School Readiness Survey
For the past four years, Kindred² has surveyed thousands of teachers and parents to source robust evidence of the proportion of children that are considered ‘school ready’, comparing this to perceptions of parents.
We use this evidence to highlight the impact on children and schools when pupils arrive in Reception having not met their developmental milestones and the difficulties that children, families and schools face from this.
Our fourth annual school readiness survey sets out perceptions of the scale and impact of children missing their early developmental milestones.
The report investigates the subject from both parent and teacher perspectives, illustrating how parental awareness, perceptions and understanding shapes school readiness levels.
To understand what school readiness looks like in the September 2023 Reception cohort, we conducted focus groups and surveyed over 1,000 teachers and 1,000 parents of Reception children.
0%of teachers say more children are arriving in Reception not school ready, compared to 2022
0%of teachers have at least one child who is not toilet trained
0%of parents say they've never had a visit from a health visitor
0 hrsof teacher time per day lost due to school readiness
Over the last 20 years… we've noticed a change in the children - the children at entry points from when they come into reception are not as school ready as they were when I first started.’
You might have absolutely no idea what the expectations are, and there might be something that you aren't doing not because you're not able to, but just because it's slipped your mind - you just had no idea that it was an expectation.
I feel like we’re not teaching as much in the first year now as we used to/ it’s more babysitting... teaching them basic skills...It's like being the parent for them. You know, what they should have done at home.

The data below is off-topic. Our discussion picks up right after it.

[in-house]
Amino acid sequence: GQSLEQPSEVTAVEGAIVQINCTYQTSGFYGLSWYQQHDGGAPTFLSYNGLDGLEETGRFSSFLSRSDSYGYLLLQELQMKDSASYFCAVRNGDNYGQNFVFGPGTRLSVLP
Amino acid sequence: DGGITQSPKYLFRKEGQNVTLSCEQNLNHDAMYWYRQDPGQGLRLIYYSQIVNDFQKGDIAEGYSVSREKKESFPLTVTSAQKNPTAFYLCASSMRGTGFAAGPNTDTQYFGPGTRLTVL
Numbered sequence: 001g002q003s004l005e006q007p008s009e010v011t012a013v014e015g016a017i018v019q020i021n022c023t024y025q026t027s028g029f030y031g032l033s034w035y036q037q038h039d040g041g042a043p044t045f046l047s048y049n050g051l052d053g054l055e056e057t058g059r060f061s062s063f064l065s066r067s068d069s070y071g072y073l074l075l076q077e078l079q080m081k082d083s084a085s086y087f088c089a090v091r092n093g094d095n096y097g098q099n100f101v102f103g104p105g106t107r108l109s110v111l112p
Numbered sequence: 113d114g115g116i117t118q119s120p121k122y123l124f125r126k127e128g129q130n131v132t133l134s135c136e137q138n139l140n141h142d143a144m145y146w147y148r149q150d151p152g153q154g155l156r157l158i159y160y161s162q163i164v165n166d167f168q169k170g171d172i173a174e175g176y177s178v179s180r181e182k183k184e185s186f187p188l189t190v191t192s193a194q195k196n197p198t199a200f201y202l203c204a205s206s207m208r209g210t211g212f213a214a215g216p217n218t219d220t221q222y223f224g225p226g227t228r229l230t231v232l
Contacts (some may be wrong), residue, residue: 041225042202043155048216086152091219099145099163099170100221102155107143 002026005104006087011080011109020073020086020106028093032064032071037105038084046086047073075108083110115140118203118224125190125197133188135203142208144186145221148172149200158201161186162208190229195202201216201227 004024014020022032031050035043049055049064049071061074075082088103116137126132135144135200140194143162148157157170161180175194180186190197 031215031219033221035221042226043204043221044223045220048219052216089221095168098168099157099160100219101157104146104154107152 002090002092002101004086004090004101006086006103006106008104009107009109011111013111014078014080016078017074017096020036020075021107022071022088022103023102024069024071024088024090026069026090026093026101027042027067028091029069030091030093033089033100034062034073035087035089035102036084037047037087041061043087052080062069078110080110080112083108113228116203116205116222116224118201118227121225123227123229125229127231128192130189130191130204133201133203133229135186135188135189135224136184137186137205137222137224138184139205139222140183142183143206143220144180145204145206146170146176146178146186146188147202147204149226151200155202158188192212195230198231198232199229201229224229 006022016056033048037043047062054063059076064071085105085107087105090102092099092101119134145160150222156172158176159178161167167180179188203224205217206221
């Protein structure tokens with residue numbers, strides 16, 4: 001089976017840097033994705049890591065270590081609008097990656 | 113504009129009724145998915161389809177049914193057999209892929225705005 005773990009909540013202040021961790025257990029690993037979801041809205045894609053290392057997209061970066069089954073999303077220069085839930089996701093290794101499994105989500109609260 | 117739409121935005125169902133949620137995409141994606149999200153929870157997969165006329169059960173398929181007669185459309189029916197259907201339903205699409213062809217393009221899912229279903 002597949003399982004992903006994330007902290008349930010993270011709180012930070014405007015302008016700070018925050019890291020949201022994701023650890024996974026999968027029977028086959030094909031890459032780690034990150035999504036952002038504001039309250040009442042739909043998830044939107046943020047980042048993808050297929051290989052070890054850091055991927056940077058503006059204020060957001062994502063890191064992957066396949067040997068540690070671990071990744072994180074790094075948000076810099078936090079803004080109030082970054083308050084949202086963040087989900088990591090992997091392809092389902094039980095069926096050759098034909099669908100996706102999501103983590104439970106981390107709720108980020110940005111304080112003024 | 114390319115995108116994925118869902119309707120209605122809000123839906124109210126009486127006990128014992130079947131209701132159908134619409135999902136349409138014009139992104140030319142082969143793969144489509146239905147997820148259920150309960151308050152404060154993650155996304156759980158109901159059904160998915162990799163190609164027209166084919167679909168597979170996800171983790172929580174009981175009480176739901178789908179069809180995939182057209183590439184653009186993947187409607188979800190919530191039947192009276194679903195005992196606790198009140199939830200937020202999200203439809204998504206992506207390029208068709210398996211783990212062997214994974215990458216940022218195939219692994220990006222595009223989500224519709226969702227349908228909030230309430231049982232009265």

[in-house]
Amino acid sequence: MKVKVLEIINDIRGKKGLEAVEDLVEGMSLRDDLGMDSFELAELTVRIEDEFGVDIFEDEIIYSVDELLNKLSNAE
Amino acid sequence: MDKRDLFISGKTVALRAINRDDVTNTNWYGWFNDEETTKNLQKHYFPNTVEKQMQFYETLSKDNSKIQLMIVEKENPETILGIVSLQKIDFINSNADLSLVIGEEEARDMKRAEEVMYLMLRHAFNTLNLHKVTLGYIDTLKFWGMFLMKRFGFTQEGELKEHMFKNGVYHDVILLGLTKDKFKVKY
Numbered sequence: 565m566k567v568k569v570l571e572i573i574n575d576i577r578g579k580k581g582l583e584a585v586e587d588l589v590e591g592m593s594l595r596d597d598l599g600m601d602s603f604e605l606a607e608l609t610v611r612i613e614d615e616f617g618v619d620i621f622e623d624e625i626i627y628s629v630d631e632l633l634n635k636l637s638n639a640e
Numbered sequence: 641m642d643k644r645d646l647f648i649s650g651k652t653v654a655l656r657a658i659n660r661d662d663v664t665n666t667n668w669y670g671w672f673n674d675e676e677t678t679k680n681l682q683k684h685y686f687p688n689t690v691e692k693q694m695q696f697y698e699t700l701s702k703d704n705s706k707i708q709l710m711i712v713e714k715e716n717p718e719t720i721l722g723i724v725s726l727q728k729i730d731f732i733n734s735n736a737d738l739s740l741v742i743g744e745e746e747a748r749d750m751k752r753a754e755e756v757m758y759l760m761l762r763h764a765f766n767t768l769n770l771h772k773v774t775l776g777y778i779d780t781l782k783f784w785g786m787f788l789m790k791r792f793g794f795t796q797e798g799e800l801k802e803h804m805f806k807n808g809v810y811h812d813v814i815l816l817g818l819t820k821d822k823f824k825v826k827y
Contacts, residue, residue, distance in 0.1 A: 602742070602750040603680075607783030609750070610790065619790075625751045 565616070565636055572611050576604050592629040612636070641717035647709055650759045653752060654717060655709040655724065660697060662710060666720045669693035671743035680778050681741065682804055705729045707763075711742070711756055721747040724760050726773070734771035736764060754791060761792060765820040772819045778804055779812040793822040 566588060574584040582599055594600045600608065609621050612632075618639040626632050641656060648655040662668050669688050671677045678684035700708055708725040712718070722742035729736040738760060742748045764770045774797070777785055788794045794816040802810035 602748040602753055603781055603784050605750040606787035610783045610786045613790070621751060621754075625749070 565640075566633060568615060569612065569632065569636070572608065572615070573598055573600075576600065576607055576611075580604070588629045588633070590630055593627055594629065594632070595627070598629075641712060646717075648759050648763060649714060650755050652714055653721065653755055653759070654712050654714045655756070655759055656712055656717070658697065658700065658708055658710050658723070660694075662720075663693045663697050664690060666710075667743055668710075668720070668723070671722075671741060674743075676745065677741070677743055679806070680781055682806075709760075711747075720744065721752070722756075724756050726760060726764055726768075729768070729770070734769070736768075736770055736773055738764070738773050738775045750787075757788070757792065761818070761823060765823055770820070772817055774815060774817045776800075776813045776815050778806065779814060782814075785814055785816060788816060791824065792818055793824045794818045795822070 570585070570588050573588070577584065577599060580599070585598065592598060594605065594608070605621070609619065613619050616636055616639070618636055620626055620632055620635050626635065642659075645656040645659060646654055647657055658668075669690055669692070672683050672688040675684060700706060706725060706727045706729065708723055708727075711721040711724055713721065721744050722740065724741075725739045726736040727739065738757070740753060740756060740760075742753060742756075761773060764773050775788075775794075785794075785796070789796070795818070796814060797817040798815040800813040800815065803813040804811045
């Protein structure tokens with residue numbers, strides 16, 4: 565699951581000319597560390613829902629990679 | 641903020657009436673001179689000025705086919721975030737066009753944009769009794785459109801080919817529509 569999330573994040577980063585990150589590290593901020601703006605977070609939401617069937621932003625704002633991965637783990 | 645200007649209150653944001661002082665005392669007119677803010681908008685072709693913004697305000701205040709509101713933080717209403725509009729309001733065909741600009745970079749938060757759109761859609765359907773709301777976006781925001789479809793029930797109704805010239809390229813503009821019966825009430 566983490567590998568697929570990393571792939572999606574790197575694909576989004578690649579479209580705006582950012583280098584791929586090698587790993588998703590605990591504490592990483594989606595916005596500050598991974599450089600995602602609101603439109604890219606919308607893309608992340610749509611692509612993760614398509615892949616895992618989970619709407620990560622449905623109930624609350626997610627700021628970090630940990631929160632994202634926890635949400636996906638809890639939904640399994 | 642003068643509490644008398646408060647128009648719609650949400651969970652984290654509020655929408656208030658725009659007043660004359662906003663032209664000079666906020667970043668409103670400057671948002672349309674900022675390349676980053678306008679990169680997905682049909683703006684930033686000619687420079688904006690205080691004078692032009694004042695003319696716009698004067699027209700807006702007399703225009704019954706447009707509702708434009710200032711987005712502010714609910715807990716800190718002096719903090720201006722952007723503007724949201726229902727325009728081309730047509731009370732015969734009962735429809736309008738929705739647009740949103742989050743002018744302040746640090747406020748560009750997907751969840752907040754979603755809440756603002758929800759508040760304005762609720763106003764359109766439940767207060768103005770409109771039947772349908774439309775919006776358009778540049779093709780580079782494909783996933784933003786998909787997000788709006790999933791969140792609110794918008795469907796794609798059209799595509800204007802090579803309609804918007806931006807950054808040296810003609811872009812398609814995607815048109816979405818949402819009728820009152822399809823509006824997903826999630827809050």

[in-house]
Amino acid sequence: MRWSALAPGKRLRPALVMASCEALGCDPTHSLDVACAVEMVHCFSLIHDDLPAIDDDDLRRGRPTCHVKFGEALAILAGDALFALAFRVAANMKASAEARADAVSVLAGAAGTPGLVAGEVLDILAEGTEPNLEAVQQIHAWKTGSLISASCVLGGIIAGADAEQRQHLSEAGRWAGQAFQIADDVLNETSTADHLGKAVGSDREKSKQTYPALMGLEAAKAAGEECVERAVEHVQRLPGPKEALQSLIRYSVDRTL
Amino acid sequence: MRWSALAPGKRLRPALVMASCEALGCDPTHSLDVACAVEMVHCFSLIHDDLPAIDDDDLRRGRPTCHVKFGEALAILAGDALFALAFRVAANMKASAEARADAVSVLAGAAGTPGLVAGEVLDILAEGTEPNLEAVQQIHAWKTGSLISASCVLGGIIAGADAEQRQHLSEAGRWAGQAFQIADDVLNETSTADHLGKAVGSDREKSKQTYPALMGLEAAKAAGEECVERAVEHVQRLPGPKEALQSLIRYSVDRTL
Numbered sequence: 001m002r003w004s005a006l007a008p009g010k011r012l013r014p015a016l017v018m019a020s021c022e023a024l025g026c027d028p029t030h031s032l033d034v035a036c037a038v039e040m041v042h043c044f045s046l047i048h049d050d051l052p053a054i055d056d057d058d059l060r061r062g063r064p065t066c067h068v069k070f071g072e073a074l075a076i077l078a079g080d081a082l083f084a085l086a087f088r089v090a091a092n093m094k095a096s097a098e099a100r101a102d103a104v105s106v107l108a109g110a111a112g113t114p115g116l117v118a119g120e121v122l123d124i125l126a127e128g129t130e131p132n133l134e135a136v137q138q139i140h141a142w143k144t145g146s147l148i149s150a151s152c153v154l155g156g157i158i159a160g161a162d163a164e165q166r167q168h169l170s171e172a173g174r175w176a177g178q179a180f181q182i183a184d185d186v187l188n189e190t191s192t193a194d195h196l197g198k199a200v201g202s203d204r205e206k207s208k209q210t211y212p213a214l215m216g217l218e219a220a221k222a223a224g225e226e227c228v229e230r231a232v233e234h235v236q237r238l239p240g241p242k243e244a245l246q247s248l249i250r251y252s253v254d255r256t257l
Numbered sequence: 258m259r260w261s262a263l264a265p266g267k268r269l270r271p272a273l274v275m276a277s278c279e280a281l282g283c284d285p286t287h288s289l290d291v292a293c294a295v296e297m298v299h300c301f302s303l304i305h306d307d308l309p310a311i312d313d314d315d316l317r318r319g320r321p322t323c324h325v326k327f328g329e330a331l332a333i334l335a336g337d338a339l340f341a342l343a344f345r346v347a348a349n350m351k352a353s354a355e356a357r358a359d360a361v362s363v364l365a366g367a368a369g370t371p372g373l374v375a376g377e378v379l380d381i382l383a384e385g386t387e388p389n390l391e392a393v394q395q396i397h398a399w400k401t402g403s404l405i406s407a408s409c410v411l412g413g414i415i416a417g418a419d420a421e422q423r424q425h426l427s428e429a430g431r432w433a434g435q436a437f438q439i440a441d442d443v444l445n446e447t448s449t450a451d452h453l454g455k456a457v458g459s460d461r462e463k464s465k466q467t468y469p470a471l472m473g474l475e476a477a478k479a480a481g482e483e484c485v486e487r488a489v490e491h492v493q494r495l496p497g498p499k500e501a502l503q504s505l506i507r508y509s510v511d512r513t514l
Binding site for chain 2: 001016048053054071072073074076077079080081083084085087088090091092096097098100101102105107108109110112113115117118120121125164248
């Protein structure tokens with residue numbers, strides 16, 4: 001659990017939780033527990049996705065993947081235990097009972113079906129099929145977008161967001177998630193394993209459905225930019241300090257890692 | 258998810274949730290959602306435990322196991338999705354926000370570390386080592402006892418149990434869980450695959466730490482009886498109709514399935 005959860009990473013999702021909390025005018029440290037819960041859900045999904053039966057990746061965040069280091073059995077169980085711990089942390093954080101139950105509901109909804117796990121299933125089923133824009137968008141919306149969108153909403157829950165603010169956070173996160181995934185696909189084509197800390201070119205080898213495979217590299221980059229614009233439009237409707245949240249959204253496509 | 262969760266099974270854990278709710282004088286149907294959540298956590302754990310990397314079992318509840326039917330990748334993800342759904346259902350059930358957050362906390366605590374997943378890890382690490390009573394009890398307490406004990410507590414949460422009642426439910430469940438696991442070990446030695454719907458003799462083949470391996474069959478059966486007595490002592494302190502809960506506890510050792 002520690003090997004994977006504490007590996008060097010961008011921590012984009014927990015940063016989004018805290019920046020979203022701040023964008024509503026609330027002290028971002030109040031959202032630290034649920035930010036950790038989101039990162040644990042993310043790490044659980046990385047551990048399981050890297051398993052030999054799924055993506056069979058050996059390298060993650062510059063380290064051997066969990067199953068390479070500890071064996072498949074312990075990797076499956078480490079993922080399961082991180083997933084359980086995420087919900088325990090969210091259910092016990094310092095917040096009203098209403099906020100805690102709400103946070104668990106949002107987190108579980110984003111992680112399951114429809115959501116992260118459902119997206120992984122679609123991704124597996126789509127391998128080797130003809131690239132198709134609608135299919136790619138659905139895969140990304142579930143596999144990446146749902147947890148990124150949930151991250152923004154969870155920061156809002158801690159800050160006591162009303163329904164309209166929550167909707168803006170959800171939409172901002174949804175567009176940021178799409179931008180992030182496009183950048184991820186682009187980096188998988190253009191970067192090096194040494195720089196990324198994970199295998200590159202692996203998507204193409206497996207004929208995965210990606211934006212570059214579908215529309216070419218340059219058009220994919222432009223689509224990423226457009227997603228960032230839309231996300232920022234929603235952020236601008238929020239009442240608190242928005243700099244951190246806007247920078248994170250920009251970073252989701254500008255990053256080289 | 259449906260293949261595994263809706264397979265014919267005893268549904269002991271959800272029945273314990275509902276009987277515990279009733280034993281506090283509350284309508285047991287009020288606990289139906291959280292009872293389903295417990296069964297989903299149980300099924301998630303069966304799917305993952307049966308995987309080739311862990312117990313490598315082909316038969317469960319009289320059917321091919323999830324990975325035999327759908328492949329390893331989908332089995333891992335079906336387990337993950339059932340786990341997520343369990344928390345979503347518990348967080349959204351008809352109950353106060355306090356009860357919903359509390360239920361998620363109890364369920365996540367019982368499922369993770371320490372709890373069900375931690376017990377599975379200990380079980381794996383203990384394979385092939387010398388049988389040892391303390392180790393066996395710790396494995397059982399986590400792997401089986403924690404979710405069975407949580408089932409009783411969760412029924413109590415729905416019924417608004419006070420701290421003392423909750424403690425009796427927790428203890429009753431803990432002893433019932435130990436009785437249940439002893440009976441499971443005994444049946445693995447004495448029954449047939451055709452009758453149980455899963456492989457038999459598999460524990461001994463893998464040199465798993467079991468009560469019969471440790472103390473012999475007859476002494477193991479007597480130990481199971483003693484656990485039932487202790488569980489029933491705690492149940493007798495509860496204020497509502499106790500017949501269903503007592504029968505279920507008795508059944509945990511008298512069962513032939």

The money just isn't there and they can't afford to recruit more staff. Staff are now taking groups of children out to do catch up and interventions. You’re always chasing your tail.
In 2023, ahead of our full School Readiness survey report, we worked with an independent market research company, Savanta, to survey 100 MPs representative of the House of Commons, asking two key questions asking about school readiness in the UK.
The questions explored which budgets, if any, MPs would cut in order to allocate increased spending on ensuring children start school developmentally ready, as well as if it is the responsibility of parents or schools to ensure young children develop certain skills.
Read the full report below....
Highlights from the survey
0%of MPs believe parents are wholly responsible for toilet training their child
of MPs would reduce Overseas aid to allocate increased spending on school readiness.
Less than half of MPs
(47%) think teaching a child to dress independently is the sole responsibility of parents, with 48% saying that some responsibility lies elsewhere including with schools.
In 2022, we set out the key findings from the third annual Kindred² survey of teachers’ views on the scale and impact of children missing their developmental milestones in the early years of their development.
In addition to the views of over 1,000 teachers, this year we also surveyed over 1,000 parents of Reception children.
0%of parents say their child was school ready